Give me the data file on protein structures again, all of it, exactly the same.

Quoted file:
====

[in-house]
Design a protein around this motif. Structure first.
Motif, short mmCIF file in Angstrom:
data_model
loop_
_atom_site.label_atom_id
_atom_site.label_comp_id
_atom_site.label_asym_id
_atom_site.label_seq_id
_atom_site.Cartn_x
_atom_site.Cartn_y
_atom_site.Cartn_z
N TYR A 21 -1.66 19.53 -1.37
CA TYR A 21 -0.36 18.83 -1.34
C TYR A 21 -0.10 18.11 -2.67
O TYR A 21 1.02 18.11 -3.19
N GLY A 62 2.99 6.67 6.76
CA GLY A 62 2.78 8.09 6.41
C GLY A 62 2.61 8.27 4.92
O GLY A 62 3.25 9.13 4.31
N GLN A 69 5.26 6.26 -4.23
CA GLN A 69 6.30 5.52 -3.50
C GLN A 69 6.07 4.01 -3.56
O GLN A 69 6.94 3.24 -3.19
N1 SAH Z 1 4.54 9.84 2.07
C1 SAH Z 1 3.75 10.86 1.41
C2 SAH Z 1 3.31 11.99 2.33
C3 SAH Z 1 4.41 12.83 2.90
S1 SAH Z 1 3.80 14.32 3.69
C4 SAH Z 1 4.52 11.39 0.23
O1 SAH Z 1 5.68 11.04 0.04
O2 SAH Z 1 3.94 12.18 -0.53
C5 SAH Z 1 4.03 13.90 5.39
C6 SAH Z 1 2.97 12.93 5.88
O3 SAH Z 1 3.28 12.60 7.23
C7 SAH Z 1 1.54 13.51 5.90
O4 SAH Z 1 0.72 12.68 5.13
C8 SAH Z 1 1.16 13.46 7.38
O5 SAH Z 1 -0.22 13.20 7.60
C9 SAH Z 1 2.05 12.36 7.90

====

[in-house]
Design a protein around this motif. Structure first.
Motif, short mmCIF file in Angstrom:
data_model
loop_
_atom_site.label_atom_id
_atom_site.label_comp_id
_atom_site.label_asym_id
_atom_site.label_seq_id
_atom_site.Cartn_x
_atom_site.Cartn_y
_atom_site.Cartn_z
N TYR A 21 -1.66 19.53 -1.37
CA TYR A 21 -0.36 18.83 -1.34
C TYR A 21 -0.10 18.11 -2.67
O TYR A 21 1.02 18.11 -3.19
N GLY A 62 2.99 6.67 6.76
CA GLY A 62 2.78 8.09 6.41
C GLY A 62 2.61 8.27 4.92
O GLY A 62 3.25 9.13 4.31
N GLN A 69 5.26 6.26 -4.23
CA GLN A 69 6.30 5.52 -3.50
C GLN A 69 6.07 4.01 -3.56
O GLN A 69 6.94 3.24 -3.19
N1 SAH Z 1 4.54 9.84 2.07
C1 SAH Z 1 3.75 10.86 1.41
C2 SAH Z 1 3.31 11.99 2.33
C3 SAH Z 1 4.41 12.83 2.90
S1 SAH Z 1 3.80 14.32 3.69
C4 SAH Z 1 4.52 11.39 0.23
O1 SAH Z 1 5.68 11.04 0.04
O2 SAH Z 1 3.94 12.18 -0.53
C5 SAH Z 1 4.03 13.90 5.39
C6 SAH Z 1 2.97 12.93 5.88
O3 SAH Z 1 3.28 12.60 7.23
C7 SAH Z 1 1.54 13.51 5.90
O4 SAH Z 1 0.72 12.68 5.13
C8 SAH Z 1 1.16 13.46 7.38
O5 SAH Z 1 -0.22 13.20 7.60
C9 SAH Z 1 2.05 12.36 7.90